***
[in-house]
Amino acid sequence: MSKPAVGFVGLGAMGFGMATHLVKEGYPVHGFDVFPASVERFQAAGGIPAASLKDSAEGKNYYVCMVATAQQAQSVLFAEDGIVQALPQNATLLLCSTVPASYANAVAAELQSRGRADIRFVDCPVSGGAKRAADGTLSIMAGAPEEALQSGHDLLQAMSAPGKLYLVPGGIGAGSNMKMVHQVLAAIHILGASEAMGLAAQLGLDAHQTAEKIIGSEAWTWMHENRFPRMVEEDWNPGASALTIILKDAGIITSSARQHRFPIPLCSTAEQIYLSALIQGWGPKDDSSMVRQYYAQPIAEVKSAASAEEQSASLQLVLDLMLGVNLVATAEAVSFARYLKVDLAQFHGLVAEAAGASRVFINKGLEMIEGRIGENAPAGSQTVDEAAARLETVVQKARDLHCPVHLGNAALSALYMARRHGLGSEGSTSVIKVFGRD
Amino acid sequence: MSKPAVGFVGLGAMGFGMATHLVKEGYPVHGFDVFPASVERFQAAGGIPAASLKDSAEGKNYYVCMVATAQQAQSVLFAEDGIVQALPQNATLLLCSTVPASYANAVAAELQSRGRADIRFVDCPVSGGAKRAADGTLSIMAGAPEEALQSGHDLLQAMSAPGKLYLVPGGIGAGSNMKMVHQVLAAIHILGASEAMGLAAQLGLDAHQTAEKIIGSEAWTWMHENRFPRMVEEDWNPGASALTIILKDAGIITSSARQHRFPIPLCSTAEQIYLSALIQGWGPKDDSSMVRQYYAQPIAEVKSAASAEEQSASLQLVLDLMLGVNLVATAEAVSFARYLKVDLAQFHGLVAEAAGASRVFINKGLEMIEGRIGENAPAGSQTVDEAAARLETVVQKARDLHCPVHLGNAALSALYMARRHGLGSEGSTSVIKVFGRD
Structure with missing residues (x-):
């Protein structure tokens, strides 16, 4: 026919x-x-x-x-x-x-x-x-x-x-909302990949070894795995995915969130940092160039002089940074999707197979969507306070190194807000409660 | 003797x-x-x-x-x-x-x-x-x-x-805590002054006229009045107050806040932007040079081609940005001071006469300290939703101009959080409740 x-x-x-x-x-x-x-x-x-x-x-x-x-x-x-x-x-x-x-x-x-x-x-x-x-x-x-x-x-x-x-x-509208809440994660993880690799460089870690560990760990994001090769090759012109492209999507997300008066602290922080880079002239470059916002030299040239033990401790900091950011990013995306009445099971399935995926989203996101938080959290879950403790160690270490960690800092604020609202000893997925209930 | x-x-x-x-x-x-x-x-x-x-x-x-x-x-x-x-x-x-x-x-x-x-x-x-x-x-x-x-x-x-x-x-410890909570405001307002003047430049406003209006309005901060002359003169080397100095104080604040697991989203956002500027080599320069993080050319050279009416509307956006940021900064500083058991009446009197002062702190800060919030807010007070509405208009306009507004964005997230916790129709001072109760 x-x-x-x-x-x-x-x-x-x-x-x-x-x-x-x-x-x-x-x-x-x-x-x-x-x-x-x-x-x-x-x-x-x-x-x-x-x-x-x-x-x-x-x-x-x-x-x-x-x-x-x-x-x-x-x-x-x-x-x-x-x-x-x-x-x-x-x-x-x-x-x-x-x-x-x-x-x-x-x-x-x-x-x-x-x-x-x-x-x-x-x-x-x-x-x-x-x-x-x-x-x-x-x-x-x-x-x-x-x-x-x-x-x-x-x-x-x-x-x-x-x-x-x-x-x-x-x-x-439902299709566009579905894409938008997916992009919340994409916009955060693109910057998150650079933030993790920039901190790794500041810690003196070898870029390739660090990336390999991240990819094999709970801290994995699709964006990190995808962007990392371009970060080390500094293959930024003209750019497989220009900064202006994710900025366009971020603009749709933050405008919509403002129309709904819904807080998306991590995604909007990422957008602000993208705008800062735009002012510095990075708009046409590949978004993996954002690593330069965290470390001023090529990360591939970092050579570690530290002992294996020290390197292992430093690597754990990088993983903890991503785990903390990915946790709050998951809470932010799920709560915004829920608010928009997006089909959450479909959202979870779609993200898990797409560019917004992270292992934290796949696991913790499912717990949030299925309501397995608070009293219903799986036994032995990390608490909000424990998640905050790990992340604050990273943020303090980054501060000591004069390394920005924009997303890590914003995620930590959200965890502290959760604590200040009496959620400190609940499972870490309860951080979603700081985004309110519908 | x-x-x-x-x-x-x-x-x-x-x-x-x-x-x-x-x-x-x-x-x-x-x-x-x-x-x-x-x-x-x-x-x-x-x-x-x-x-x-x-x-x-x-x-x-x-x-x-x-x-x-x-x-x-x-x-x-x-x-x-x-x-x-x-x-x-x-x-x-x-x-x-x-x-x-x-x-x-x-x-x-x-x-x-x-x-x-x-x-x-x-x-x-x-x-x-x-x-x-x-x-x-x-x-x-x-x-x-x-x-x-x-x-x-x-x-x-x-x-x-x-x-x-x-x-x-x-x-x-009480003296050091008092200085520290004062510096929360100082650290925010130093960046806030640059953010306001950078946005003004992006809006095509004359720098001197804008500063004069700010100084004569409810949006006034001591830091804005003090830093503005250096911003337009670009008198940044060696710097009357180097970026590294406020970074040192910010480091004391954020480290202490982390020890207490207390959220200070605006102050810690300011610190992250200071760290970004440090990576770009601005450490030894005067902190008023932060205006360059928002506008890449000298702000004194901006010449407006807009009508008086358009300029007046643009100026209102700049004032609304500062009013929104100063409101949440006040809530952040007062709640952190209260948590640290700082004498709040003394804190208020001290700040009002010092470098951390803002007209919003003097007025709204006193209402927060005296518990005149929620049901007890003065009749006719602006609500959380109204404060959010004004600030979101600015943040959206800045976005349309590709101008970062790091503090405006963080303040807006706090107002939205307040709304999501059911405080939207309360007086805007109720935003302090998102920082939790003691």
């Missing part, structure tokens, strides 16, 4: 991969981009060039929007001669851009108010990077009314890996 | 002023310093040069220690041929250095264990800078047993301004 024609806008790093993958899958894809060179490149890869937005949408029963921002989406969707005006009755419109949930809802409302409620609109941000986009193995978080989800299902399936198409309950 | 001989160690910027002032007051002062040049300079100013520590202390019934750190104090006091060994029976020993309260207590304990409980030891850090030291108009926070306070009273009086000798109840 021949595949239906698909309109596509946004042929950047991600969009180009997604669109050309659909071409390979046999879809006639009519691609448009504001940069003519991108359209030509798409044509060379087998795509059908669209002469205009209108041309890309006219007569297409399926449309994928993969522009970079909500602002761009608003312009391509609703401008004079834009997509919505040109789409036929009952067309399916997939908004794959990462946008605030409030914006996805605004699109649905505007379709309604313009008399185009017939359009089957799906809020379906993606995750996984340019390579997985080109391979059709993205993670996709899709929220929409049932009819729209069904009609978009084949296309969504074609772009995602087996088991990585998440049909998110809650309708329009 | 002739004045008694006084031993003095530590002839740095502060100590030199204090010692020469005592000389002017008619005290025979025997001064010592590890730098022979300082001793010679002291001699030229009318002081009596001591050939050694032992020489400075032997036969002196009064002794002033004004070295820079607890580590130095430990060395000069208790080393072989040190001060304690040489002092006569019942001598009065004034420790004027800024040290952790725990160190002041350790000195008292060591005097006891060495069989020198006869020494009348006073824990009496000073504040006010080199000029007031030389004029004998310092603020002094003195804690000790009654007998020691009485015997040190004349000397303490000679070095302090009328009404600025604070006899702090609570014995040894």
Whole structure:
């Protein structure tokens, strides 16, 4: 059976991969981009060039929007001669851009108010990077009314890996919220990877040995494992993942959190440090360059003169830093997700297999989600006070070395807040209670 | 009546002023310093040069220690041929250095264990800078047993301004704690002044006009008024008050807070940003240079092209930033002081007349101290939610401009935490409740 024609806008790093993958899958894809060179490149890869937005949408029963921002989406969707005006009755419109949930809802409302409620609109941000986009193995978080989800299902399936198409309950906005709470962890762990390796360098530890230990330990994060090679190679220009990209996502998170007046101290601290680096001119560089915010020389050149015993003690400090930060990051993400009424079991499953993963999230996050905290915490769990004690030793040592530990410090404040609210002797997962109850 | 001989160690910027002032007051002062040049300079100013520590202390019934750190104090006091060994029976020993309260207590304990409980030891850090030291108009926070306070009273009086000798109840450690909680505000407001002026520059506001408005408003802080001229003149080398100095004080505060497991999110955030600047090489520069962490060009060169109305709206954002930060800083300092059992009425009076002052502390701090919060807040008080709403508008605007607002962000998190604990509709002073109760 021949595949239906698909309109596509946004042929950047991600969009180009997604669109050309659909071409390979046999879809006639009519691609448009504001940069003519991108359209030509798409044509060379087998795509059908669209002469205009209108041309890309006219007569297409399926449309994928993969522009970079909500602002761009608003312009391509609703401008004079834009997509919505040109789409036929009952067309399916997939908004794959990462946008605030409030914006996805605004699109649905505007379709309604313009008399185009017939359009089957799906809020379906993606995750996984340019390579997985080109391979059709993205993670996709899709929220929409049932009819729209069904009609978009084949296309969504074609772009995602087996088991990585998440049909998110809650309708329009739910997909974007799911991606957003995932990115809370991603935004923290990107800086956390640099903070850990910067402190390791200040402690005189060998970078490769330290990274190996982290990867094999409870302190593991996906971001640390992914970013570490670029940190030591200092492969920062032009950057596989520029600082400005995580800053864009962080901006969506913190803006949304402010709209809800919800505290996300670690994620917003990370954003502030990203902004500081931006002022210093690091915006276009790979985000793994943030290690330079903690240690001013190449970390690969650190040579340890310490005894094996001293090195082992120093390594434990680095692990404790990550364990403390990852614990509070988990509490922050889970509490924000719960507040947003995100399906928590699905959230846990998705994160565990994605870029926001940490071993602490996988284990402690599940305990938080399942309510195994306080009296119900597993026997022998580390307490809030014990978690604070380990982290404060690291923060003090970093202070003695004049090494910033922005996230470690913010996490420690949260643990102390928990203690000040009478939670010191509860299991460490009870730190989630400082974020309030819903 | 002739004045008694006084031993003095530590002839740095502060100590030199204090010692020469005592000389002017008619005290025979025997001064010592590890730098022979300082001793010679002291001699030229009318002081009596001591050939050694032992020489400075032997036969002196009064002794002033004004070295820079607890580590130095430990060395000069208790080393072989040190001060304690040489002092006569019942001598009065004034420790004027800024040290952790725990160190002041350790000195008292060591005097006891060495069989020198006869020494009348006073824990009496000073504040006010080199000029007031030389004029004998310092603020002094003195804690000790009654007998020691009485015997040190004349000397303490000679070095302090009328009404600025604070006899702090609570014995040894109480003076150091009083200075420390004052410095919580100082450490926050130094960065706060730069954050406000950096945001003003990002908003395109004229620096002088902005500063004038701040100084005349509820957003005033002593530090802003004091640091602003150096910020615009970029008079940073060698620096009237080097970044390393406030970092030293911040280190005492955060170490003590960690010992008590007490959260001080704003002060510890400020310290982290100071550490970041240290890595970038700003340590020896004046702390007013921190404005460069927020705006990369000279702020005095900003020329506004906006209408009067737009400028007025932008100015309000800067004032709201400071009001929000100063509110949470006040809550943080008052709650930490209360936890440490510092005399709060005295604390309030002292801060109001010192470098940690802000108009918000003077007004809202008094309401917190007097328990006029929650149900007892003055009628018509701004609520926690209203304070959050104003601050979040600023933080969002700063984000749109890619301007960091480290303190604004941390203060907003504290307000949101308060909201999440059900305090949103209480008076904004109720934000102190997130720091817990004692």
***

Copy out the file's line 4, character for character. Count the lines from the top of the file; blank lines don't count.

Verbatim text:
Structure with missing residues (x-):